The Braille Monitor January, 2004
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Appropriate Use of the Electronic Notetaker in School
by Curtis Chong
From the Editor: Curtis Chong is president of the NFB in Computer Science, our computer science division. He was recently asked to give his views on the exclusive use of electronic notetakers by students to produce their schoolwork in print. His answer was clear and concise and will be of use to many students and teachers. Here it is:
You asked me to comment upon the value of exclusively using an electronic notetaker such as a Braille Lite or BrailleNote for blind children to produce printed work in school. As you know, I have some rather definite opinions on the subject.
First I would like to say that any note taking technology that uses a Braille keyboard to enter information and a Braille display to review it can be of tremendous value to any blind person who knows how to write and read Braille. The Braille display makes it possible for a person silently and efficiently to read what is stored in the machine, and the Braille keyboard represents an excellent way to enter information quickly with a small number of keys allowing for a compact design. If a person is going to use an electronic notetaker such as a BrailleNote or Braille Lite, mastery of its operation is essential.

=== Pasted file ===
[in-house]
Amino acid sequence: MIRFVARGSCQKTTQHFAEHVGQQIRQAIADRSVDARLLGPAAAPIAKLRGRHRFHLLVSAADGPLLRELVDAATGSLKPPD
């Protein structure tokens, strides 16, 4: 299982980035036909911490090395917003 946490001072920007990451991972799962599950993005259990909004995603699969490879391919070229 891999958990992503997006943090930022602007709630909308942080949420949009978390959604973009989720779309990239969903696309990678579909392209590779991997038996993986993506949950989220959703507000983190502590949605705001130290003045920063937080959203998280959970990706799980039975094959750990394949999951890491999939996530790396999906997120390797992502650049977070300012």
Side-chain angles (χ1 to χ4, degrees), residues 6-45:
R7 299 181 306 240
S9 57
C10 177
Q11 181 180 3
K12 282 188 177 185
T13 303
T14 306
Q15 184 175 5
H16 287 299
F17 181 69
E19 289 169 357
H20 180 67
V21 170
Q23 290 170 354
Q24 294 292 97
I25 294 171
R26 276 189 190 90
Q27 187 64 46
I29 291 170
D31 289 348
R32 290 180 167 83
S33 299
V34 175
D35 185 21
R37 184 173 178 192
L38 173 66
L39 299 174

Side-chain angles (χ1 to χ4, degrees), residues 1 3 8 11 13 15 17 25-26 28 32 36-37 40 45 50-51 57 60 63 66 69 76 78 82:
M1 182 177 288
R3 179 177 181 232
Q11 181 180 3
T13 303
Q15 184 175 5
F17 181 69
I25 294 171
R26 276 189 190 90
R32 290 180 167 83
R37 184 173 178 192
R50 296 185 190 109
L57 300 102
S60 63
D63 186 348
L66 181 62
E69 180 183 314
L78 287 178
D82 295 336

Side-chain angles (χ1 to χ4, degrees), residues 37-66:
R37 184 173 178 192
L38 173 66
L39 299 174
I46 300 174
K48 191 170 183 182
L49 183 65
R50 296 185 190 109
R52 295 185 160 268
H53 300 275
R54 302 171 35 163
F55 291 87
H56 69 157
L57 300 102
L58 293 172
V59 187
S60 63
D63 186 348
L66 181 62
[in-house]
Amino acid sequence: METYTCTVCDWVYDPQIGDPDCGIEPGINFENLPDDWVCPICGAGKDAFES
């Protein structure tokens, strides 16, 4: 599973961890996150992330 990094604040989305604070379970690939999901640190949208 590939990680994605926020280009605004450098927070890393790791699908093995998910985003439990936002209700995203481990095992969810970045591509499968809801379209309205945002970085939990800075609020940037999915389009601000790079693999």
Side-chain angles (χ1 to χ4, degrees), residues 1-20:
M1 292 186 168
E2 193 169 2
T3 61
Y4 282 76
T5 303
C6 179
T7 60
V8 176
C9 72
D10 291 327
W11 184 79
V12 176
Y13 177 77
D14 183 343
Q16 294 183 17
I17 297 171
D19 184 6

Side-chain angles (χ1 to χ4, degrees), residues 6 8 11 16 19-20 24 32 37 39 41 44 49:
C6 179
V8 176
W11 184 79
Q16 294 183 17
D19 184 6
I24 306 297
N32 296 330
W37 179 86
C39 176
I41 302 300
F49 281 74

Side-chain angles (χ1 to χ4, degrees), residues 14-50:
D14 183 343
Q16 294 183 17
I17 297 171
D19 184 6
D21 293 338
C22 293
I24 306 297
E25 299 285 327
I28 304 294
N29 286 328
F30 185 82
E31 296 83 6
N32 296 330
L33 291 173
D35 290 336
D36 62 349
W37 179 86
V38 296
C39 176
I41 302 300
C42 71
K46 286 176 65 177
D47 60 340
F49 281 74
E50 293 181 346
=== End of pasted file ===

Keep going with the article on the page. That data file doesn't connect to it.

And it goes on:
Once mastered, the device can prove to be invaluable. Many proficient Braille users find it more natural to enter information using a Braille keyboard, and for many Braille users it is preferable to read information in Braille as opposed to listening to it. As for me, I find that I write better using a typewriter style keyboard even though I read Braille very quickly, and I prefer to finish my written work on the computer even though I may have composed a rough draft on my electronic notetaker.
A blind student who knows how to produce printed material with an electronic Braille notetaker only is at a severe disadvantage however, when compared to a blind student who knows how to prepare printed information with a Braille notetaker and a computer or a typewriter. For one thing, Braille formatting is distinctly different from print; e.g., Braille lines are shorter, and the Braille layout is more compact: a student entering information in Braille is not as likely to take this difference into account as a student who is using a computer and a commercial off shelf word processing program. For another thing, it is highly likely that information entered correctly into a notetaker using correct contracted Braille will produce erroneous results when the material is transformed into print. For example, a double hyphen (--) when entered in Braille could produce "com" in print; "Dear Al" written in Braille would transform into "Dear Also" in print; or that "CD" I was writing about in Braille would be printed as "COULD" in print. To correct this conversion problem, the Braille user must necessarily learn some bad Brailling habits.